— Narrative Of The Voyage Of H.M.S. Rattlesnake, Commanded By The Late Captain Owen Stanley, R.N., F.R.S. Etc. During The Years 1846-1850. Including Discoveries And Surveys In New Guinea, The Louisiade • John MacGillivray

... brother-in-law quite respectable enough for him. Quite a lady, quite a lady, he thought, sitting down for a moment's rest on the quarter-hatch. Time enough to go ashore and get a bite and sup, and a bed somewhere. He didn't like to part with a ship. No one to think about then. The darkness of a misty evening fell, cold and damp, upon the deserted deck; and Mr. Baker sat smoking, thinking of all the successive ships to whom through many long years ...
— The Nigger Of The "Narcissus" - A Tale Of The Forecastle • Joseph Conrad

... away, and soon entered into the thickest part of a wood, near a river where he unbridled and unsaddled Gris-de-line; then, putting on his little cap, wished himself in the Island of Calm Delights, and ...
— The Fairy Book - The Best Popular Stories Selected and Rendered Anew • Dinah Maria Mulock (AKA Miss Mulock)

... not to add to what Father hath said," replied he, "saving that I thought there was a gloomy and careworn look upon the King's face. He is stately and majestical of his carriage; but his nether part of his face cometh forward in a fashion rather strong than seemly. It struck me he should be a man not easily turned ...
— Robin Tremain - A Story of the Marian Persecution • Emily Sarah Holt

... had a hard toime of it to stand out. He has partly managed because of his saying as how he has been sich good friends with you that he could not join to take part against the maisters; part, as oi hears, because his two brothers, who been in the thick of it from the first, has stuck up agin Bill being forced into it. Oi wish as we could get that blacksmith out of t' village; he be at the bottom of it all, and there's nowt would ...
— Through the Fray - A Tale of the Luddite Riots • G. A. Henty

... but do not let her see any part of them which may contain any reference to this girl. I thank Heaven that to-morrow I shall be able to take her out of the country and guard her peace and safety with my own head and hand. I shall take care also ...
— The Lost Lady of Lone • E.D.E.N. Southworth

... "Well, for my part, though 'tis singular," said the governor, "I prefer M. d'Artagnan to him. There is a man for you, who drinks long and well! That kind of people allow you at ...
— The Man in the Iron Mask • Alexandre Dumas, Pere

... alternative for us! The question was too interesting a "Curiosity of Literature" not to be laid before our Members, and therefore The Boke of Keruynge was reprinted—from the British Museum copy of the second edition of 1513—with added side-notes and stops, and the colophon as part ...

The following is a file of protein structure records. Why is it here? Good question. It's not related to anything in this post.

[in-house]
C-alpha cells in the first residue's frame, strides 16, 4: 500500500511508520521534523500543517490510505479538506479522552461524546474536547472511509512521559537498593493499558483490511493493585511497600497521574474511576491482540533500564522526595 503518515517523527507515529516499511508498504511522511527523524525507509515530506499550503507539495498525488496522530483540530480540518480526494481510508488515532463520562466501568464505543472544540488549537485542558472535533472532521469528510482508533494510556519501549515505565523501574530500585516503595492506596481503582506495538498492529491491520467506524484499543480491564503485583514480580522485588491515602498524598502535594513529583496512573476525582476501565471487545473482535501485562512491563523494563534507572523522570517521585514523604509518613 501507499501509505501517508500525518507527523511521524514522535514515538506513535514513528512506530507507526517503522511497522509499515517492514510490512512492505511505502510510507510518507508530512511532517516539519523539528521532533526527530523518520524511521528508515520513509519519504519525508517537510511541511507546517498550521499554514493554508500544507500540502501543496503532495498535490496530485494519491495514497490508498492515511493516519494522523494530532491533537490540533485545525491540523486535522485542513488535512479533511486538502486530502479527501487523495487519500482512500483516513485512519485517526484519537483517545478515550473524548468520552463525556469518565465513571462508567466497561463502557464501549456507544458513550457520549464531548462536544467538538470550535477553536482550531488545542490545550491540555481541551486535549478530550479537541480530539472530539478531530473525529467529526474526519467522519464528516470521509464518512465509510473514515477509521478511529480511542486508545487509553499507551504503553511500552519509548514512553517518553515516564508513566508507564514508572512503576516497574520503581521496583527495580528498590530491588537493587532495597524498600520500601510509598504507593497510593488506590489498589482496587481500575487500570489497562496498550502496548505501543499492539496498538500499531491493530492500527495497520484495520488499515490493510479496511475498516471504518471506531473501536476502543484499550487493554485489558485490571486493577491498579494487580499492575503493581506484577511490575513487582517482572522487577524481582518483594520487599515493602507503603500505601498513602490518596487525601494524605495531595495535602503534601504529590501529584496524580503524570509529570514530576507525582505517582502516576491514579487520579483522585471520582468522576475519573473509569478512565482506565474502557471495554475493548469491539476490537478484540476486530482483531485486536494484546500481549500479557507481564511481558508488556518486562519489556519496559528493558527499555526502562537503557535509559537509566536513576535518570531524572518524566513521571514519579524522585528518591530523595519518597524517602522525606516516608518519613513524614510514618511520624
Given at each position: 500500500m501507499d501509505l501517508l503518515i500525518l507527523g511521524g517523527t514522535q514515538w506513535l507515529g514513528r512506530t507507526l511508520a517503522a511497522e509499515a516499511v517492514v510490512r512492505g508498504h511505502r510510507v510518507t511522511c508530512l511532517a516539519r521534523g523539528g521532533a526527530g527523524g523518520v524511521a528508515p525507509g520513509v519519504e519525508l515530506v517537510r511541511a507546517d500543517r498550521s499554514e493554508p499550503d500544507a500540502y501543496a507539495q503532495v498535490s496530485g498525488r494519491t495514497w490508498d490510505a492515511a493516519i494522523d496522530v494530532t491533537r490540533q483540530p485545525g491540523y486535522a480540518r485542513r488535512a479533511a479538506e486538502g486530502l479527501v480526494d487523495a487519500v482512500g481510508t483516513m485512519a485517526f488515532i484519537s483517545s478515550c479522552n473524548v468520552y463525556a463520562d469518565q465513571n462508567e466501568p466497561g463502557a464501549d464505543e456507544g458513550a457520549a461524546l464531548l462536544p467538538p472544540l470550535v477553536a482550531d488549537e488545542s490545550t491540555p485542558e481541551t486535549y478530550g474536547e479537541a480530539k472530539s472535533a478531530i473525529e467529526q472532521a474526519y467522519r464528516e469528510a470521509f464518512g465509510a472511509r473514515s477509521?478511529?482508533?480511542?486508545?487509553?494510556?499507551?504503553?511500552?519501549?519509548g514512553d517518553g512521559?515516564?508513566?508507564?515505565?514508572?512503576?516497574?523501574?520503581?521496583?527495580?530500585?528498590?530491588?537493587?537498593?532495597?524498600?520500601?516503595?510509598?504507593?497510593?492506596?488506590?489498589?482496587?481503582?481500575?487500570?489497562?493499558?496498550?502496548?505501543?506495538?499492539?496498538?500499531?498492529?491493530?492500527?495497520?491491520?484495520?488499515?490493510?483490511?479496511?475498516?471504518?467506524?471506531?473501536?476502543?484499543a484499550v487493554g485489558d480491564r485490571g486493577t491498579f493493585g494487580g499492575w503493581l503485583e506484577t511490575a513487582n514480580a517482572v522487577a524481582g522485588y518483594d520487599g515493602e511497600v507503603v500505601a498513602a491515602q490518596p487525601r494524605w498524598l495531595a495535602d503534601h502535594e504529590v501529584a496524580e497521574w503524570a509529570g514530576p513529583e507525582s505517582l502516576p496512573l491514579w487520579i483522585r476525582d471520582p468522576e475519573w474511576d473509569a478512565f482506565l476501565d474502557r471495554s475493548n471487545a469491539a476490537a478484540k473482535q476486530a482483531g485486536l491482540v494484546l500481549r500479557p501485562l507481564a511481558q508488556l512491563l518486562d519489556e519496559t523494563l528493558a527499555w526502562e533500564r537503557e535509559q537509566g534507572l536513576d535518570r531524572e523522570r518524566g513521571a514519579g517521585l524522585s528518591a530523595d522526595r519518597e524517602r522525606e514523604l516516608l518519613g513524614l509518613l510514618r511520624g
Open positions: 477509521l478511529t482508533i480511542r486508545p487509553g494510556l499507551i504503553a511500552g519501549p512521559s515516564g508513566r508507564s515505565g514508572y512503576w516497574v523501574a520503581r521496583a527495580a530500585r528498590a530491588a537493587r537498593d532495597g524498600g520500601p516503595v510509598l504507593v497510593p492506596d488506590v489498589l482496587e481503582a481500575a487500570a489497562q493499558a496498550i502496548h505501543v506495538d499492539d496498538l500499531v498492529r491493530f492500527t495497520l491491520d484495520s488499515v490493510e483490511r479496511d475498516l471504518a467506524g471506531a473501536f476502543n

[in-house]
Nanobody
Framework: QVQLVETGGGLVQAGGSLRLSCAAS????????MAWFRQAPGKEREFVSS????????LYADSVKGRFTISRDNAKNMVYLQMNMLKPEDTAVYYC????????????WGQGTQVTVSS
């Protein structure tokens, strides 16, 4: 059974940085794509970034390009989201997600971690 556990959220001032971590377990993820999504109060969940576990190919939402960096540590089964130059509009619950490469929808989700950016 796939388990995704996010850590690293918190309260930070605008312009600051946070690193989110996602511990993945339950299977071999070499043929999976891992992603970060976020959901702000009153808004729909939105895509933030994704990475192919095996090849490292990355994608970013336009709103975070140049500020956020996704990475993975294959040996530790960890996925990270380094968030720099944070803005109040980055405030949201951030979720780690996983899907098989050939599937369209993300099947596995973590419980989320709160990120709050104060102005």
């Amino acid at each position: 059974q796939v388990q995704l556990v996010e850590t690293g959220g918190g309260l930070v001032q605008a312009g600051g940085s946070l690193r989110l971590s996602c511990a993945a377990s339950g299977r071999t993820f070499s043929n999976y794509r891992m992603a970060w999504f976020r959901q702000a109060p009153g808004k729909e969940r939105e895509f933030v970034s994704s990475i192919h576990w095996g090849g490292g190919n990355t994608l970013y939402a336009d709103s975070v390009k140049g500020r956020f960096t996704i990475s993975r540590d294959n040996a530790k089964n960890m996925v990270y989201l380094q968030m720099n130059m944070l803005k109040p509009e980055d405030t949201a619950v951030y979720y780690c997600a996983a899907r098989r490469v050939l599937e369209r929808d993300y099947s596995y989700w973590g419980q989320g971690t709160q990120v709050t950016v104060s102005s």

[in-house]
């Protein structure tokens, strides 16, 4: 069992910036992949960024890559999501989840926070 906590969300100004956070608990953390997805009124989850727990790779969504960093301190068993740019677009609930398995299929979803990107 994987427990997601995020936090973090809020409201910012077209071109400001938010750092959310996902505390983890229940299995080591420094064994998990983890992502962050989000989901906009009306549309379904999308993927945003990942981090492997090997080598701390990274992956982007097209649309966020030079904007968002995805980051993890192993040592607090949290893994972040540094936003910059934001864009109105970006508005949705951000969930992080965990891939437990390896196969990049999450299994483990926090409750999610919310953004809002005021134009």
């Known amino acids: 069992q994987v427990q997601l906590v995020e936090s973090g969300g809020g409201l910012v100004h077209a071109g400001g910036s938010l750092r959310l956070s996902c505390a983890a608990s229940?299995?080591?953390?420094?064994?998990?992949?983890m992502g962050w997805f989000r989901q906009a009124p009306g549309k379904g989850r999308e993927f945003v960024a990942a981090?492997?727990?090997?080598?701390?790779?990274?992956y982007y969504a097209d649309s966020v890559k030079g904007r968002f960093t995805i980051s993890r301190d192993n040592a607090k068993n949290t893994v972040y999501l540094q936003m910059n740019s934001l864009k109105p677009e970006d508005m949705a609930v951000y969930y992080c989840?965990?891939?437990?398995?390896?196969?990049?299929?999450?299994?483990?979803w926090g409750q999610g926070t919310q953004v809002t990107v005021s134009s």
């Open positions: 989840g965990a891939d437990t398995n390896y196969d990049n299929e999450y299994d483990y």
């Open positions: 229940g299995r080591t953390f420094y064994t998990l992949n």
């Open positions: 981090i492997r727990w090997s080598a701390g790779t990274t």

— Early English Meals and Manners • Various

... continued thus vigilant, and suffered themselves neither from fear nor curiosity to neglect that part of the duty assigned to them, and while the main guards to the east and west secured them against interruption, a select body of the rioters thundered at the door of the jail, and demanded instant admission. ...
— The Heart of Mid-Lothian, Complete, Illustrated • Sir Walter Scott

... would seem, of stopping brigandage, but one which, in fact, increases it, because, in order to find the money to pay the fines, the natives are driven to the road, each successive larceny going towards part payment of ...
— Across Coveted Lands - or a Journey from Flushing (Holland) to Calcutta Overland • Arnold Henry Savage Landor

... hot sponge all the belly where junction with the ribs has to take place, and then dab a nice layer of your hot glue all round the ribs and end blocks, going over it a second time rapidly, and finally holding every part glued for a second over the hot water under your glue pot. It is urgent that the pegs are then inserted into the holes mentioned above, and that you at once force them home with the smart blow of a hammer, when your assistant begins to clamp ...
— Violin Making - 'The Strad' Library, No. IX. • Walter H. Mayson

... features, hacks, and kluges programmed into it. Also 'tasty', 'tasteful', 'tastefulness'. "This feature comes in N tasty flavors." Although 'tasteful' and 'flavorful' are essentially synonyms, 'taste' and {flavor} are not. Taste refers to sound judgment on the part of the creator; a program or feature can *exhibit* taste but cannot *have* taste. On the other hand, a feature can have {flavor}. Also, {flavor} has the additional meaning of 'kind' or 'variety' not shared by 'taste'. {Flavor} ...
— THE JARGON FILE, VERSION 2.9.10